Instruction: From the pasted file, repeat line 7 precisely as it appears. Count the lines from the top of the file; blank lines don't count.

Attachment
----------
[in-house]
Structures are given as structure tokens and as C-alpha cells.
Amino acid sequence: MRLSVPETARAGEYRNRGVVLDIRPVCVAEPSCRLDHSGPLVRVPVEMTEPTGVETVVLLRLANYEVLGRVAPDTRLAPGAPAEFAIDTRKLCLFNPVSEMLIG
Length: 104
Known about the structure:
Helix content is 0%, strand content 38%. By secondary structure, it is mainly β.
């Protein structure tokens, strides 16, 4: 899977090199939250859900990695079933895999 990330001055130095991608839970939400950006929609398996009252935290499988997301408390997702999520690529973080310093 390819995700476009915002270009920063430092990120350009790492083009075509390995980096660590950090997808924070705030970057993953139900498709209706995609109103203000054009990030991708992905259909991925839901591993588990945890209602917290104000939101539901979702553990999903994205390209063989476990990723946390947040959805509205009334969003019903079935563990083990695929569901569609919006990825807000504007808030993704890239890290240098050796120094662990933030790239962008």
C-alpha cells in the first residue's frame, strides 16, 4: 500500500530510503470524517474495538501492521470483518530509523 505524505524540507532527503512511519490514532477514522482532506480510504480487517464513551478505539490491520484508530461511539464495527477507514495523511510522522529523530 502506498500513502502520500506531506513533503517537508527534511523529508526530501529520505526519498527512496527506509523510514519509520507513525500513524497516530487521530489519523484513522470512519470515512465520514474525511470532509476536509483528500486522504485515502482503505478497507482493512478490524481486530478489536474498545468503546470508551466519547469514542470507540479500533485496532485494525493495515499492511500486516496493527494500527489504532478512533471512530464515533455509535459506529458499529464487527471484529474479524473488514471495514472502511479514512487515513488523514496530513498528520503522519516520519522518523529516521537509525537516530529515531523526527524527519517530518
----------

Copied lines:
């Protein structure tokens, strides 16, 4: 899977090199939250859900990695079933895999 990330001055130095991608839970939400950006929609398996009252935290499988997301408390997702999520690529973080310093 390819995700476009915002270009920063430092990120350009790492083009075509390995980096660590950090997808924070705030970057993953139900498709209706995609109103203000054009990030991708992905259909991925839901591993588990945890209602917290104000939101539901979702553990999903994205390209063989476990990723946390947040959805509205009334969003019903079935563990083990695929569901569609919006990825807000504007808030993704890239890290240098050796120094662990933030790239962008």